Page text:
However, the panel and audience did a good job of unpacking some of the numbers. For instance, we learn that ten percent of all giving is comprised of gifts to grantmaking foundations. Because foundations are required to distribute only five percent of their assets annually such gifts are unlikely to have as great an impact on charity as one would imagine. It would be interesting to know whether the percentage of donor gifts to grantmaking foundations is increasing over time. However, it is hard to establish a trend when a tiny number of donors (e.g. Gates, Bloomberg, Soros) can have a major impact on the total amount of money going to foundations. Giving USA researchers note that even the total amount of giving by individuals is affected by a few gifts by high-net worth individuals. In 2009, individuals gave 75 percent of the $303.75 billion in U.S. charitable giving. (The remainder comes from foundations [13%], bequests [8%] and corporations [4%]. However, a mere five donors made gifts totaling $1.59 billion and most of that money went into their foundations.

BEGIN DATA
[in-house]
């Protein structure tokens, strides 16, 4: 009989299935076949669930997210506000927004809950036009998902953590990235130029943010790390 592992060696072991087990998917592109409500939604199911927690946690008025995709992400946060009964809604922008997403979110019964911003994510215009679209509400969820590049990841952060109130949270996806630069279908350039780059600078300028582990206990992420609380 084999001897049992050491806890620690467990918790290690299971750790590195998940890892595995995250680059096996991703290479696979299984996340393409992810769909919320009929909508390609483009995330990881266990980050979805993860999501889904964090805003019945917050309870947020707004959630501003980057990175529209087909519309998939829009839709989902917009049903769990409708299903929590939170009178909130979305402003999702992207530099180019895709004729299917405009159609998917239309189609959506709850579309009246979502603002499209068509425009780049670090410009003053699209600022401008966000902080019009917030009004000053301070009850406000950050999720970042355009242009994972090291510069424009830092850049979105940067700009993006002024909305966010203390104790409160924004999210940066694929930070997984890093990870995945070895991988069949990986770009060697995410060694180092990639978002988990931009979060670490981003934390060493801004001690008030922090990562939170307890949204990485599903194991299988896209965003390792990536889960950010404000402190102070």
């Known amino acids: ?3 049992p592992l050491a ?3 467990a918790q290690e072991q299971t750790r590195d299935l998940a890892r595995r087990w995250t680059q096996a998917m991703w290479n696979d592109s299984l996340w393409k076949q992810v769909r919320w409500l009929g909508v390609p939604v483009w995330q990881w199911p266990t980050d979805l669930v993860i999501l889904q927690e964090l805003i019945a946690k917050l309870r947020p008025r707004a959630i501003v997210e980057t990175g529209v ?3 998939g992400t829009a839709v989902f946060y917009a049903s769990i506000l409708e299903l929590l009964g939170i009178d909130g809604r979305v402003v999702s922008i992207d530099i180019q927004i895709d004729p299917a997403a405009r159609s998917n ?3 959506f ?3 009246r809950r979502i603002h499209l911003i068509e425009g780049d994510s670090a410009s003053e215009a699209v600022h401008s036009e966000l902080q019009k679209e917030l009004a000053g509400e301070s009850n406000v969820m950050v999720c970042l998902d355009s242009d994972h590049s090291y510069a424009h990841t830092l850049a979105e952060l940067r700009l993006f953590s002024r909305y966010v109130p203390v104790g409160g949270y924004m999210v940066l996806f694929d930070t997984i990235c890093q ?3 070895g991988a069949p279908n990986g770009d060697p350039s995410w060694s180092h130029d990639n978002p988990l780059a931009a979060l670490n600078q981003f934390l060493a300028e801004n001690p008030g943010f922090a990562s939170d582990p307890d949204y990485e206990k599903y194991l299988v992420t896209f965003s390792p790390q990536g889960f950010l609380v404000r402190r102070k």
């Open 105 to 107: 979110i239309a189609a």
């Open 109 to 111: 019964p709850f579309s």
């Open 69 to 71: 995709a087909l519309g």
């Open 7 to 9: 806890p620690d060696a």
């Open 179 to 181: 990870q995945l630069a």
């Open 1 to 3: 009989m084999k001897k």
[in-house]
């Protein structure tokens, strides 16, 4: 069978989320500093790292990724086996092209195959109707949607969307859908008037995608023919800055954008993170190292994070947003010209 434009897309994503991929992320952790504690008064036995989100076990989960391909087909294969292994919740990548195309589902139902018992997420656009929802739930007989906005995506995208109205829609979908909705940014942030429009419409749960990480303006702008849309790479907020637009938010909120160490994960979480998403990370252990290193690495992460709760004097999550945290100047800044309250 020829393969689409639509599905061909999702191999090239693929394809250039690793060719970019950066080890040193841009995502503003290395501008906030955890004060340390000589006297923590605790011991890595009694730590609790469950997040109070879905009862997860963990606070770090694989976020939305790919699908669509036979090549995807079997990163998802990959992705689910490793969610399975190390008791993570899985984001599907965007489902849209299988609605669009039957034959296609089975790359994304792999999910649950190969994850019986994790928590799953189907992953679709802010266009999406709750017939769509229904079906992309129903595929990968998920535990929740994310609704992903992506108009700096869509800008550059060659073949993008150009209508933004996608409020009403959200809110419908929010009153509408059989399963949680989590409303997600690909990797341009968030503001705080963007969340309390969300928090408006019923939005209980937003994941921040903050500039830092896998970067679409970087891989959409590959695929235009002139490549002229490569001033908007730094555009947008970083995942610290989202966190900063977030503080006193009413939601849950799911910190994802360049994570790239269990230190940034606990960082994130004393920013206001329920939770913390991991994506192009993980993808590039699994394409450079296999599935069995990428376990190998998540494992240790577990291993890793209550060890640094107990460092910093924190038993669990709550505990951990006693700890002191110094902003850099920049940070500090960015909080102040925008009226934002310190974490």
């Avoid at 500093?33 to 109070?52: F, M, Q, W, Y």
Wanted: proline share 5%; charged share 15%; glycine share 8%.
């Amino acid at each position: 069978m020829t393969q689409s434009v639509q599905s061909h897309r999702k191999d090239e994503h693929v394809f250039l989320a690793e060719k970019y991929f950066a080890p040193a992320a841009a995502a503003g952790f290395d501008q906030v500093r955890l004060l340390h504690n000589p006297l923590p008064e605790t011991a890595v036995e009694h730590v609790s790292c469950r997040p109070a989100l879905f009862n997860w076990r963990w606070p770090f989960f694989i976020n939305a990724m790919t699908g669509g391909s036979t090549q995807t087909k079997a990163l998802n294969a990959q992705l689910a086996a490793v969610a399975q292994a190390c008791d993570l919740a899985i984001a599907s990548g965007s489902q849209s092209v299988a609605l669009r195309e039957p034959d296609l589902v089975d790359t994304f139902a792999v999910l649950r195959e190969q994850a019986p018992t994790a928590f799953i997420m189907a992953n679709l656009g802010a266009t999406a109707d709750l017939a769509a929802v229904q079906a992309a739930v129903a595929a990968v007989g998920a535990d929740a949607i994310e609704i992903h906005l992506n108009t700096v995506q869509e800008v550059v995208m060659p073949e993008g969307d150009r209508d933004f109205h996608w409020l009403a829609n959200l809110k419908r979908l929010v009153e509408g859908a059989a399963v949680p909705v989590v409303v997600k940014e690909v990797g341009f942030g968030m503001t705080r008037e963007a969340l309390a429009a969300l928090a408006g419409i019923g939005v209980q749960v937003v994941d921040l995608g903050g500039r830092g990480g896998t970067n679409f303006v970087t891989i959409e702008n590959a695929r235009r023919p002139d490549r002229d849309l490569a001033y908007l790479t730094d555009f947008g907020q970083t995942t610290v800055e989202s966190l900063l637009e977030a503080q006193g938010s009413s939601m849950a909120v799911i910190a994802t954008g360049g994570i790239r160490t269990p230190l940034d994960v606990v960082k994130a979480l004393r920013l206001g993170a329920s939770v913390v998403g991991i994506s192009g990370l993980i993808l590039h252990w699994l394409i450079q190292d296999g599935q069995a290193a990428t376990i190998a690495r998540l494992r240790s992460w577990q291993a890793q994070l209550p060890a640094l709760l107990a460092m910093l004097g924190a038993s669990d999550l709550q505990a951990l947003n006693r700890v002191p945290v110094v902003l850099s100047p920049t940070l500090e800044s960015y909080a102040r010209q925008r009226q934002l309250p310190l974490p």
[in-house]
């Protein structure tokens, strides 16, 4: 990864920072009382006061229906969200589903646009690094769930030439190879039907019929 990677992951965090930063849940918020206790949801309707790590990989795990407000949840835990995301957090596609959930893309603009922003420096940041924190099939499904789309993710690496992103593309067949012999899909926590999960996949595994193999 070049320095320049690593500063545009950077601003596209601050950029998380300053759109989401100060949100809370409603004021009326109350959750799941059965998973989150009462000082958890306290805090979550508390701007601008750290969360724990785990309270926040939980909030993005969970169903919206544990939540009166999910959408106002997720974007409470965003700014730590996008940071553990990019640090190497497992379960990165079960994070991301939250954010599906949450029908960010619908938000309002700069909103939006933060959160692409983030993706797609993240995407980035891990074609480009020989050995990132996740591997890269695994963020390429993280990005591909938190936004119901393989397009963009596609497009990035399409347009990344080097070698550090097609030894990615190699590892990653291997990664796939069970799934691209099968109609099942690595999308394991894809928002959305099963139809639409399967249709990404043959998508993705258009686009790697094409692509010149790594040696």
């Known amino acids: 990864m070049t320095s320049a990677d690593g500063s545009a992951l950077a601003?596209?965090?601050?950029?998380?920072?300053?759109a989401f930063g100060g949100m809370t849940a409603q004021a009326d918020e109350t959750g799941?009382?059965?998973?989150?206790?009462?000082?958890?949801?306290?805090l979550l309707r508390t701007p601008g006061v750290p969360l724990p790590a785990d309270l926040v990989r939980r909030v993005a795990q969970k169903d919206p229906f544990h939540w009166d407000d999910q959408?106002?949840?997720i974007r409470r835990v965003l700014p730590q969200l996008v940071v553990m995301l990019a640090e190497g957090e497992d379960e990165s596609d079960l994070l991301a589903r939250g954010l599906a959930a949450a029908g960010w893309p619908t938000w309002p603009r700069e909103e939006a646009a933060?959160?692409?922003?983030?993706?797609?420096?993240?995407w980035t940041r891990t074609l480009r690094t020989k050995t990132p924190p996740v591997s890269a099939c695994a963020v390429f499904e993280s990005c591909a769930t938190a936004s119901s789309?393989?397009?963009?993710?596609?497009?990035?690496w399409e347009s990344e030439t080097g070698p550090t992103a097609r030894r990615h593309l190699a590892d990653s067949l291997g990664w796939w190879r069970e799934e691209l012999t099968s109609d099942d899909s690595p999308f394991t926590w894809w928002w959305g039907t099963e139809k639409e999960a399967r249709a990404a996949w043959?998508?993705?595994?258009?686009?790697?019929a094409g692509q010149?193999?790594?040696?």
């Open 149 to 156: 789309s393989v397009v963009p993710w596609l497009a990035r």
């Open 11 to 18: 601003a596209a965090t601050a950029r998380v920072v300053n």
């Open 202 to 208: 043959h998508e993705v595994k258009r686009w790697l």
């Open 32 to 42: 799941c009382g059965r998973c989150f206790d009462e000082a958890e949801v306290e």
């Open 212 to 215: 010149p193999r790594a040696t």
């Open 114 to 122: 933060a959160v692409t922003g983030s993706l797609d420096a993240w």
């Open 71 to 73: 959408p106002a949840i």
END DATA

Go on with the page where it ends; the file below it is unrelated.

Another interesting point: Giving USA acquires its data from the IRS, which acquires its data from taxpayers who itemize their contributions in order to take deductions. Using this data, Giving USA researchers have determined that donors are increasing their giving to international affairs, which they attribute to the aftermath of 9/11, the South Asian tsunami, earthquakes in Haiti and Chile and other signs of trouble in the wider world. However, Giving USA figures underestimate the extent of American generosity overseas, argued the Hudson Institute's Carol Adelman, who was in the audience. She said that's because its research does not take into account personal gifts to individuals (e.g. overseas remittances) for which the IRS does not grant a tax deduction. My gift to a cousin in Manila whose house was flooded by a typhoon has no way of being counted by Giving USA because it is not tax deductible.
There is much else to be learned from the Giving USA survey--not only what it reports, but what it does not report.